such wire for each toroid, and hence for each unique selection.  When the
mechanism scans, a star wheel discharges a capacitor as the mechanism
passes each button.  The reversing switch moves the discharge pulse to
another row of contacts for the opposite side of the record.  This read-out
pulse is of sufficient energy to "un-flip" (or flip to the opposite state)
any toroids which have been "flipped" by the write-in process.  So, every
selection toroid receives a "read-out" pulse per scan, whether it has
been written to or not.  A complete scan will re-set the polarity of
magnetization to "de-selected", as every toroid is pulsed through the
contact on the bottom when the read-out capacitor discharges through the
star wheel and the contact.

In other words, applying the read-out pulse destroys or "un-flips" the
selected state of every "selected" toroid, but has no effect on those
which were not "selected".

Selection detection:

A fourth wire runs through every toroid in the entire matrix, and is
connected to the RCA plug via a shielded wire.  When a toroid changes state
from "selected" to "de-selected", an electical pulse is induced into this
wire due to the change of magnetization of that toroid.  This is amplified
and used to trip the mechanism.  The cores that are already "de-selected"
don't change state and thus don't induce a pulse.  As this pulse occurs
only during read-out, and at the time when the carriage is aligned with
the button contact of a "selected" toroid, the trip solenoid gets pulsed
at the correct instant to play that selection.

This wire also detects the pulses that occur when a selection is made and
a toroid flips from de-selected to selected, but these pulses are of the
opposite polarity and ignored by the amplifier.

The "battery" trick:

Because the detection wire runs through every toroid, even though its
purpose in normal operation is to detect the small voltage generated when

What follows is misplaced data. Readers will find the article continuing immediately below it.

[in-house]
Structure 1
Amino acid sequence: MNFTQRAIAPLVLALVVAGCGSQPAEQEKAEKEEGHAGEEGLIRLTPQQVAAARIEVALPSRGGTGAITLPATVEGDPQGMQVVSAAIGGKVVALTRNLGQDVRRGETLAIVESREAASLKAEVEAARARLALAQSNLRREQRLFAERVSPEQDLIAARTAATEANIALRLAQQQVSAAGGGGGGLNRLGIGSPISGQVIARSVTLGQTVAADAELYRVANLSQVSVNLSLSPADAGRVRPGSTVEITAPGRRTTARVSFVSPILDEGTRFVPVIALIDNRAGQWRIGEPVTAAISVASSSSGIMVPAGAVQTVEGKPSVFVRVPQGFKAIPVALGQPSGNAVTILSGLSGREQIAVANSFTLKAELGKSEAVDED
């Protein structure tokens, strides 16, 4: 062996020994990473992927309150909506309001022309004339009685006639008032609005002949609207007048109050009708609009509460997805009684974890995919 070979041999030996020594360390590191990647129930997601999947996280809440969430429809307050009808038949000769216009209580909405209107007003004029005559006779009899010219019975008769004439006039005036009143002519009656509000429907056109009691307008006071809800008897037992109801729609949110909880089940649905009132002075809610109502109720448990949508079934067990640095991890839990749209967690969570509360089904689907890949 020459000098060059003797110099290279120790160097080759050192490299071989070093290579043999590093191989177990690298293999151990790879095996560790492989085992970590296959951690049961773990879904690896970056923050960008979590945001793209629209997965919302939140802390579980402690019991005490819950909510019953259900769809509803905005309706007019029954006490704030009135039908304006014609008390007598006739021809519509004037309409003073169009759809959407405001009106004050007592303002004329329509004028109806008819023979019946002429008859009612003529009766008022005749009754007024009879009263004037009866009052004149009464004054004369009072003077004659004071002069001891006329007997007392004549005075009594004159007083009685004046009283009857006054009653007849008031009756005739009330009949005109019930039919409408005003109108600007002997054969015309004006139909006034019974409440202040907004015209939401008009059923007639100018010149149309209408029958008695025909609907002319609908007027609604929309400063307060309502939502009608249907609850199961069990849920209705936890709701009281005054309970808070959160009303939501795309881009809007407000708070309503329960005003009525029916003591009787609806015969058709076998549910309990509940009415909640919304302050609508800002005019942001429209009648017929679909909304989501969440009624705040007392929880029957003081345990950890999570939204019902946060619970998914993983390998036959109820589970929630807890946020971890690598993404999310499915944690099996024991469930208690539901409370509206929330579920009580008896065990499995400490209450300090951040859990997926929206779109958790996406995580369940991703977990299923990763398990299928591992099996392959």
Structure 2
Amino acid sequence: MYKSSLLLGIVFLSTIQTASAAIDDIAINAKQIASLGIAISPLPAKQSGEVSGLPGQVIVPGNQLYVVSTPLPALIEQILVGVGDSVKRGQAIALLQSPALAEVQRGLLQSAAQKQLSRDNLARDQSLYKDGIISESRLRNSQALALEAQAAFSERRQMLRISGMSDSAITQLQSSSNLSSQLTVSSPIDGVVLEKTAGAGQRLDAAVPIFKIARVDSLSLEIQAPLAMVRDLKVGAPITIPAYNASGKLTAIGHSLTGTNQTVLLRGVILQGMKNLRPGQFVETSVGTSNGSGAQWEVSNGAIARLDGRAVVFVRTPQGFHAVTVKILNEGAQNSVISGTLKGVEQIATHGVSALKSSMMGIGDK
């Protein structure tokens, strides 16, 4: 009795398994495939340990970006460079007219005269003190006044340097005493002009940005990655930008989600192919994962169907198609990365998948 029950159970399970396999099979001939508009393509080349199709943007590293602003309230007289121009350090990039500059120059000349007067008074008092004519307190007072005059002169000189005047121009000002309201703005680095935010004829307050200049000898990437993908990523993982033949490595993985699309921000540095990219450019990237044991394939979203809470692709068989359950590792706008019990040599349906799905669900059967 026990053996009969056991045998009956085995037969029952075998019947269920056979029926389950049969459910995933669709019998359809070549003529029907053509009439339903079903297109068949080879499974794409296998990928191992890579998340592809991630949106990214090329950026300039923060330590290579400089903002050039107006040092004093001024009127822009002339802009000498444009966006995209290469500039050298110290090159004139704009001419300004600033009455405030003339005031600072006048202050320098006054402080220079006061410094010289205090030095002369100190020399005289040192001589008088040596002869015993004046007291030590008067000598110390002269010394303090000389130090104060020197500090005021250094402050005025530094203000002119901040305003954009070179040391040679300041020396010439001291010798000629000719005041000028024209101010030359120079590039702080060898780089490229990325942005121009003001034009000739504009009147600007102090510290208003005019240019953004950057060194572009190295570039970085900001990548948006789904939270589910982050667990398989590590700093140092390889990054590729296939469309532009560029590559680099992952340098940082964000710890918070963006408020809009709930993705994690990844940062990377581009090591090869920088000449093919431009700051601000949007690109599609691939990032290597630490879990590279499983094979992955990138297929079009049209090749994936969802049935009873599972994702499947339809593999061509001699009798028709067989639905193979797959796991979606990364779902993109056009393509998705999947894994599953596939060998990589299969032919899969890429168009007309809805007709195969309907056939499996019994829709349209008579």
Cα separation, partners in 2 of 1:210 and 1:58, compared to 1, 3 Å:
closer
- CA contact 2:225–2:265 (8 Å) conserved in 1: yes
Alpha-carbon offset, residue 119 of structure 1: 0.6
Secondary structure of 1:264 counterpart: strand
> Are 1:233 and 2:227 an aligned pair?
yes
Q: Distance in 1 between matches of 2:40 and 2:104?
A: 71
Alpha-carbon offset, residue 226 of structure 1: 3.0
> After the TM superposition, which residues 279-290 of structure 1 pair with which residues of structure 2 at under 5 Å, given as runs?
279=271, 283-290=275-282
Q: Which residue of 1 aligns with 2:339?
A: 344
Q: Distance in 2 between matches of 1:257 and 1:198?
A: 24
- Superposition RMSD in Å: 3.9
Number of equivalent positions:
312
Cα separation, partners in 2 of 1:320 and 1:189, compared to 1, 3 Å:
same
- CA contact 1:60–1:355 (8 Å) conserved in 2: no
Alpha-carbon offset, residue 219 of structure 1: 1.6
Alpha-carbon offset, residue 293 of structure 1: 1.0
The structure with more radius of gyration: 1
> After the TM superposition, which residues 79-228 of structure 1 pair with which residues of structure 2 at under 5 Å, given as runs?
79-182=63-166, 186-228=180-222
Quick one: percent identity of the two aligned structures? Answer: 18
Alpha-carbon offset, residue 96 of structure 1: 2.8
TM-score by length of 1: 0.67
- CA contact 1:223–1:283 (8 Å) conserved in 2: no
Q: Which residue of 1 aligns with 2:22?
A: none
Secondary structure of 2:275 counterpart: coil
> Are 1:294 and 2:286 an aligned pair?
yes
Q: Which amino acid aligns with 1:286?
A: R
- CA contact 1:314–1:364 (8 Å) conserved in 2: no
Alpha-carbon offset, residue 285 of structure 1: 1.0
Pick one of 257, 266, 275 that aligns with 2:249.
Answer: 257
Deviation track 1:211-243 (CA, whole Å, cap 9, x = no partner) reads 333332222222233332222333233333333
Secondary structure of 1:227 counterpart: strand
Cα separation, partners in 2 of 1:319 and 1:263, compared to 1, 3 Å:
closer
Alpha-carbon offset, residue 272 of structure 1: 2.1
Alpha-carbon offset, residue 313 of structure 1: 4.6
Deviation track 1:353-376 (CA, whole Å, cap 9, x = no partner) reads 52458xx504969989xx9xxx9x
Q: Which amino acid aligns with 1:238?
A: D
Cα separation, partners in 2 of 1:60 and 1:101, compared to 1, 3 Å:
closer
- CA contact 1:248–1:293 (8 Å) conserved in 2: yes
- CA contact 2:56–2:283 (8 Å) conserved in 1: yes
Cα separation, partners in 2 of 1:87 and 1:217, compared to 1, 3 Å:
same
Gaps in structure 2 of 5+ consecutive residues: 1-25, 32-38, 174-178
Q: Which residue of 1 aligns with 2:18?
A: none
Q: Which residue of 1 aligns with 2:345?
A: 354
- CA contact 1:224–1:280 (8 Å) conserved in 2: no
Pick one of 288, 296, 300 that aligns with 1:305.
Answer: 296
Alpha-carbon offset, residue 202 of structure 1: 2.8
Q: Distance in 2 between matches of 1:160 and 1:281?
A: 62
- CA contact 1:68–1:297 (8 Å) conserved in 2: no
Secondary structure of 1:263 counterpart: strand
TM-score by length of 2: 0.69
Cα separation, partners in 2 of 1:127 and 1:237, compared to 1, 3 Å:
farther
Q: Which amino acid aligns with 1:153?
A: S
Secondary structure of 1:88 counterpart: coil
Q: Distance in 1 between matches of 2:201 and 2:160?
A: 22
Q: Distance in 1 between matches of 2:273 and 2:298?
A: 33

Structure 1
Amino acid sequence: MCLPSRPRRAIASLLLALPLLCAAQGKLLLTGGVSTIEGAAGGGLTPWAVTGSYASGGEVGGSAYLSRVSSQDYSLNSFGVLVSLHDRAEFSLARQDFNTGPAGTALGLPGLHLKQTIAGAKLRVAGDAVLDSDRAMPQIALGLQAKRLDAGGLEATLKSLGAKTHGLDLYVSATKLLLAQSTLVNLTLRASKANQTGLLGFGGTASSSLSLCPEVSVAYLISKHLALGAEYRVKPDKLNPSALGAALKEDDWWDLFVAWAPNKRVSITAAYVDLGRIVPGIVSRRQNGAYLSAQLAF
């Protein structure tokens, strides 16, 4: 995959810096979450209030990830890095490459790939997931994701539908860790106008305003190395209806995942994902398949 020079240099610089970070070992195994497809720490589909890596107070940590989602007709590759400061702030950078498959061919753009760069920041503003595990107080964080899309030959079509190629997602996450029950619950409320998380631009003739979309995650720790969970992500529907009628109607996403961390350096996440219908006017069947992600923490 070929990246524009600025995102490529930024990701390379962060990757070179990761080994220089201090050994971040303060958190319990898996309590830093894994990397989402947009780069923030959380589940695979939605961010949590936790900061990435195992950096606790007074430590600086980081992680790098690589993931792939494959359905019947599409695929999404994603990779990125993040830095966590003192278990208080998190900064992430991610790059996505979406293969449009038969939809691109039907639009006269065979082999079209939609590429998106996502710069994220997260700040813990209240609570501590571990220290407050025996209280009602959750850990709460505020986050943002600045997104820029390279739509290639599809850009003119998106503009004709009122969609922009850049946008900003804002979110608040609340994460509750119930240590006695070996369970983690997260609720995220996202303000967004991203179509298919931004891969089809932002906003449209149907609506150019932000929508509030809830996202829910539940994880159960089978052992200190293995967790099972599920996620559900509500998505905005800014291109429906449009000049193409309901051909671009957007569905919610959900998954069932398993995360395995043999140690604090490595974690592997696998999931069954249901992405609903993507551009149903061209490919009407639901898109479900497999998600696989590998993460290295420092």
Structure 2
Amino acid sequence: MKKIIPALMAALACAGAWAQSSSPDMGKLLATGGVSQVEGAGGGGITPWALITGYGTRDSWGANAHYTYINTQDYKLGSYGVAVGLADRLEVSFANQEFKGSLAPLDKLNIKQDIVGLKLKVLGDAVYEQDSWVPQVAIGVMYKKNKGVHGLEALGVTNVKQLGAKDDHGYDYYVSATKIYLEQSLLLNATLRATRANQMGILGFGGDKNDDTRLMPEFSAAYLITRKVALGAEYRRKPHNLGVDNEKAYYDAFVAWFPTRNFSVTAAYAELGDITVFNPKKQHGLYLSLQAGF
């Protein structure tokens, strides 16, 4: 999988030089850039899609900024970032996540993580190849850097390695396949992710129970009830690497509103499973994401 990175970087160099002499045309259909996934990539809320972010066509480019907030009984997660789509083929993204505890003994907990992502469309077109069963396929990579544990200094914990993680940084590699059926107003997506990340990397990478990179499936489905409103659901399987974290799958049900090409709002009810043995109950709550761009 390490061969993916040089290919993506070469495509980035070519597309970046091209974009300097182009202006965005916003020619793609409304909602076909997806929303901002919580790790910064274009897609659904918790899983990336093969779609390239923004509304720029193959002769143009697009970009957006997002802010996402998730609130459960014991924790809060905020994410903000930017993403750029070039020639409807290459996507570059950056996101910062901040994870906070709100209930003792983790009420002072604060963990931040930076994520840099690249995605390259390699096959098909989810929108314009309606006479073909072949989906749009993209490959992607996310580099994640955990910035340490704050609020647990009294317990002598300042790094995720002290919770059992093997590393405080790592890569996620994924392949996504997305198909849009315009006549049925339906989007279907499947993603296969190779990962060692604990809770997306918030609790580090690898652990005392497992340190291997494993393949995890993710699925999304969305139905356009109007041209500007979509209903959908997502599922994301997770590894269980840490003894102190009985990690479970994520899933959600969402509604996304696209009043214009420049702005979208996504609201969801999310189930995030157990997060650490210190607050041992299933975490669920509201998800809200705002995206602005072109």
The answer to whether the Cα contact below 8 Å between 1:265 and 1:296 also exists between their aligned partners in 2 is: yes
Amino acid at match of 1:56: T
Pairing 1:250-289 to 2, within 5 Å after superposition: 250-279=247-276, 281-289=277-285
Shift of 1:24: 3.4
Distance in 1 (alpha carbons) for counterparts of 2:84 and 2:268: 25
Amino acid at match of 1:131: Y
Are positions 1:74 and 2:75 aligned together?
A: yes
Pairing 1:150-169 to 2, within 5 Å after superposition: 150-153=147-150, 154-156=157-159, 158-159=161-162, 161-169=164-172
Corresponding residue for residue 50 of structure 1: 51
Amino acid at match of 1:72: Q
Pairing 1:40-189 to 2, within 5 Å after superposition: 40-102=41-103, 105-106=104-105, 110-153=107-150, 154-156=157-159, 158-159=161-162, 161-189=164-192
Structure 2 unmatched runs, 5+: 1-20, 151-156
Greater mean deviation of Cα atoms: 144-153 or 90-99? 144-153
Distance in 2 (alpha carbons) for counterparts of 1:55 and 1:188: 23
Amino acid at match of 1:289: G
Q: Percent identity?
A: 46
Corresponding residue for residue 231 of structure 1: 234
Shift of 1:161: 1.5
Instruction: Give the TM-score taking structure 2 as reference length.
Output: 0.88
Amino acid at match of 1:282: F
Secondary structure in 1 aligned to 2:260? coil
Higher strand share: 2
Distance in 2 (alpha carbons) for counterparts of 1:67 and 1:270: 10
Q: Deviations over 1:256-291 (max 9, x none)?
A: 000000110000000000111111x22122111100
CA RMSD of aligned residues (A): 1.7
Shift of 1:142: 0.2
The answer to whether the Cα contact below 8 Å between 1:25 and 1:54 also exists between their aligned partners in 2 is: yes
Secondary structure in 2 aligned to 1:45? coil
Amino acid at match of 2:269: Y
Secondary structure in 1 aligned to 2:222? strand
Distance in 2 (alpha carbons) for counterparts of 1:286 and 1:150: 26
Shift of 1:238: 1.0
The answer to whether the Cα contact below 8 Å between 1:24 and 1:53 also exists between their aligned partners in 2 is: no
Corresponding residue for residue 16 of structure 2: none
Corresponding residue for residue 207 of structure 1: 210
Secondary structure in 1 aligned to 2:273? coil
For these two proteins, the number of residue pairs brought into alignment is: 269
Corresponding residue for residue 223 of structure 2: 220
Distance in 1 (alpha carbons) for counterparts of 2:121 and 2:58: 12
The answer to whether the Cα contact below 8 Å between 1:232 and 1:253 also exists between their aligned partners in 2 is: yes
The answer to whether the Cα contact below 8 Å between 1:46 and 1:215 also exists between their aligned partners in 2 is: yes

a toroid flips from selected to unselected, it can be used in another
manner.

A 1.5 volt "D" battery can deliver enough energy to "flip" the toroids
to the opposite state.  So, tapping the tip of the RCA plug from the
Tormat to one end of a D cell while grounding the other will flip all
toroids from selected to unselected or vice-versa, depending on the
polarity of the battery.  This is a quick way to test the read-out and
detection circuitry.  "Flip" all of the toroids to selected with the
battery, plug the RCA plug back into the selection receiver, and the
box should play every selection, once.  The act of reading out clears
the selections.

> As of now, the only circuit I fully understand is how the trip circuit
> works.  I have enough knowledge to fully rebuild this circuit and get it
> going.   I just would like to understand more completely how the Tormat
> works.   Unlike the older Seeburg pinbank Select-O-Matics, the 220 manual
> doesn't go really into depth on how the Tormat fully functions.

There were numerous refinements and changes as the Tormat evolved.  Some
early ones used thyratrons both for write-in and read-out, and the polarity
was changed at one point.  Some jukes select with positive battery on the
RCA plug, others with negative battery.  There's also quite a bit of pulse
shaping and noise and transient filtering.  The 222 is about in the middle
of the development of Tormats, so the early bugs have been more than worked
out.  I'd suggest not trying to  re-design it, just troubleshoot and fix
what's broken.  As with most electronics of this vintage, I'd look at the
capacitors first.  Values are more likely to be critical here as the
Tormat is fussy about the shape and energy of the write-in and read-out
pulses.

-- 
Jay Hennigan  -  Network Administration  -  jay at west.net
NetLojix Communications, Inc.  NASDAQ: NETX  -  http://www.netlojix.com/
WestNet:  Connecting you to the planet.  805 884-6323